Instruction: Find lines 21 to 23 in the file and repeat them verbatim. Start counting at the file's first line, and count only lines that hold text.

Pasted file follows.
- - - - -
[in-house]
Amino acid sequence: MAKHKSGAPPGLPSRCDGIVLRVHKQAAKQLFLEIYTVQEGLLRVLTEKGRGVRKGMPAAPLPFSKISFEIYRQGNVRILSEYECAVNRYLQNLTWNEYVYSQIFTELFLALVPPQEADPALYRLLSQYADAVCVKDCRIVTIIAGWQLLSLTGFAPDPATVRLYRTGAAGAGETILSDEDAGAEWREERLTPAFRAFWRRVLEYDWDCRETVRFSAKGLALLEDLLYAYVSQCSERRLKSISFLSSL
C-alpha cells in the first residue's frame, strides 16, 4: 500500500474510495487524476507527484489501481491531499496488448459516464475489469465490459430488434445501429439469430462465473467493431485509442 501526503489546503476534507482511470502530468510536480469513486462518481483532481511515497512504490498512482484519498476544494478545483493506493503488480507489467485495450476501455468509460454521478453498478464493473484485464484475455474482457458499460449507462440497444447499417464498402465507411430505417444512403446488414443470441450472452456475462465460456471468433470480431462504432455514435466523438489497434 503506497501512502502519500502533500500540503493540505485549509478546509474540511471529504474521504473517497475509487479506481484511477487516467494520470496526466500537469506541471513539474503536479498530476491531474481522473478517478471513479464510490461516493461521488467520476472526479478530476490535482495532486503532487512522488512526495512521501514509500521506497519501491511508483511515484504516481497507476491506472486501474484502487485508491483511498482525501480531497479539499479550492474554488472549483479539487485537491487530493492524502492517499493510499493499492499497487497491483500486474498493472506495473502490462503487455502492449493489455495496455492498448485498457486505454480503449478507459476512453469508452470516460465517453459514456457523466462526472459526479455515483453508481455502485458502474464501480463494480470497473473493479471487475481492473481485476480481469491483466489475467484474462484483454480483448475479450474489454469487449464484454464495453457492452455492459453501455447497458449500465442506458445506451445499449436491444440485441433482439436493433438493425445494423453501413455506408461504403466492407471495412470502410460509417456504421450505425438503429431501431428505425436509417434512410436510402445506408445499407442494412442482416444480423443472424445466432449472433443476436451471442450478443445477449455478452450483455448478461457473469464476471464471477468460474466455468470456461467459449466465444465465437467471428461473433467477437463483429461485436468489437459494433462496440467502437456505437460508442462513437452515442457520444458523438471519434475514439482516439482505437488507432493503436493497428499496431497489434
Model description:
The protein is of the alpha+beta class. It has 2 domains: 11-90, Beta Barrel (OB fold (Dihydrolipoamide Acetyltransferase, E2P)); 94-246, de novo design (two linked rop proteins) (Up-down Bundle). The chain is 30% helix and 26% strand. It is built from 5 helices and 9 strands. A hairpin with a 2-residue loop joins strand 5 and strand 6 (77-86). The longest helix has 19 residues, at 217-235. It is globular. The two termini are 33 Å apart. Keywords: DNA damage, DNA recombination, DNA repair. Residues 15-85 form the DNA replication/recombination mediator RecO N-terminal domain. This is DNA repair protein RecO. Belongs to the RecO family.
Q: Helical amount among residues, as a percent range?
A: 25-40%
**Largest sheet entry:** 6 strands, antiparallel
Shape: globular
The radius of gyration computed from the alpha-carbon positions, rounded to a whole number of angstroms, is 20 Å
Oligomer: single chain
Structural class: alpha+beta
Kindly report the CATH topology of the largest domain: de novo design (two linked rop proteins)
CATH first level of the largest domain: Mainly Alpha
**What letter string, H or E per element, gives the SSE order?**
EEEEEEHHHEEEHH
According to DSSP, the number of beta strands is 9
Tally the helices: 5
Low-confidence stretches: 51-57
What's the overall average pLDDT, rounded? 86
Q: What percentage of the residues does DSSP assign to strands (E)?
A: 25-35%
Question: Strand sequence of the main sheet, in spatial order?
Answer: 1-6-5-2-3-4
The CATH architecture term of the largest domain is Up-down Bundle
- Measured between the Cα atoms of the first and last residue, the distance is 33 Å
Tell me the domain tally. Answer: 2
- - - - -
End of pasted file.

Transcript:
Q: What percentage of the residues does DSSP assign to strands (E)?
A: 25-35%
Question: Strand sequence of the main sheet, in spatial order?